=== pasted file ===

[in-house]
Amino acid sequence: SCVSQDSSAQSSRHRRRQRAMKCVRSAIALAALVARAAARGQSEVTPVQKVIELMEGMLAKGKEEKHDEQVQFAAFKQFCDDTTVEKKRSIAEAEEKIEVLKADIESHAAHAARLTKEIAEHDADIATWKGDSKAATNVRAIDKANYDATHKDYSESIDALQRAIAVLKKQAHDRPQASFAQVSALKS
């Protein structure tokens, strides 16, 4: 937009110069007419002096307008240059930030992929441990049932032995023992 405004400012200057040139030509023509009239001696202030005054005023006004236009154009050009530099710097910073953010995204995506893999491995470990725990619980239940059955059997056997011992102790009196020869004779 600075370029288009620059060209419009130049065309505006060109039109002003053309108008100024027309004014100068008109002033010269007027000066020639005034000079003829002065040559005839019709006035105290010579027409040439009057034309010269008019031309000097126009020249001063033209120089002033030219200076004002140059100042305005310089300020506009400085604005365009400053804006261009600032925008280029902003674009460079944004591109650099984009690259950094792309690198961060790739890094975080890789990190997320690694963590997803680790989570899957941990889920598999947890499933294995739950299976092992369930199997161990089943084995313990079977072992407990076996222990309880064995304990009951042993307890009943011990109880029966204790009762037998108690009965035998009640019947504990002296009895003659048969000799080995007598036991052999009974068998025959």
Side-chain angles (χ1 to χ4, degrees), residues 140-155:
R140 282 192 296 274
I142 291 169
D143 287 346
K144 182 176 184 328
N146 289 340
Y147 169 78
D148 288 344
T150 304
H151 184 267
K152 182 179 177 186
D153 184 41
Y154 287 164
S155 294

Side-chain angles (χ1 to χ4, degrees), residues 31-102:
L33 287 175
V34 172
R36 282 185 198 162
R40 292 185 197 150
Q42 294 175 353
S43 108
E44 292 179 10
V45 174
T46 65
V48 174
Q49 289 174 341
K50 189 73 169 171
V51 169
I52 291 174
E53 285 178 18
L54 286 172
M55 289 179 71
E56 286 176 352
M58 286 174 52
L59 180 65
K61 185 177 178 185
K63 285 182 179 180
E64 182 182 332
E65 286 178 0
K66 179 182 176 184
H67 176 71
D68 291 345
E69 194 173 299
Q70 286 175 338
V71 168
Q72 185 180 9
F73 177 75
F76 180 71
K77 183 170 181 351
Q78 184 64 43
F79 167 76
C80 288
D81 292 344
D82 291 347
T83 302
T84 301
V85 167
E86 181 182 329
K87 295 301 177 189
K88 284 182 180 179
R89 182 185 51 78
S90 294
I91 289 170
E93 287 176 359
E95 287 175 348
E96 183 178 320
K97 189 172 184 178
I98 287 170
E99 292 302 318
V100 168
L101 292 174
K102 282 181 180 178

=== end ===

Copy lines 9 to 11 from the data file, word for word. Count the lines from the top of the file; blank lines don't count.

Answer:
N146 289 340
Y147 169 78
D148 288 344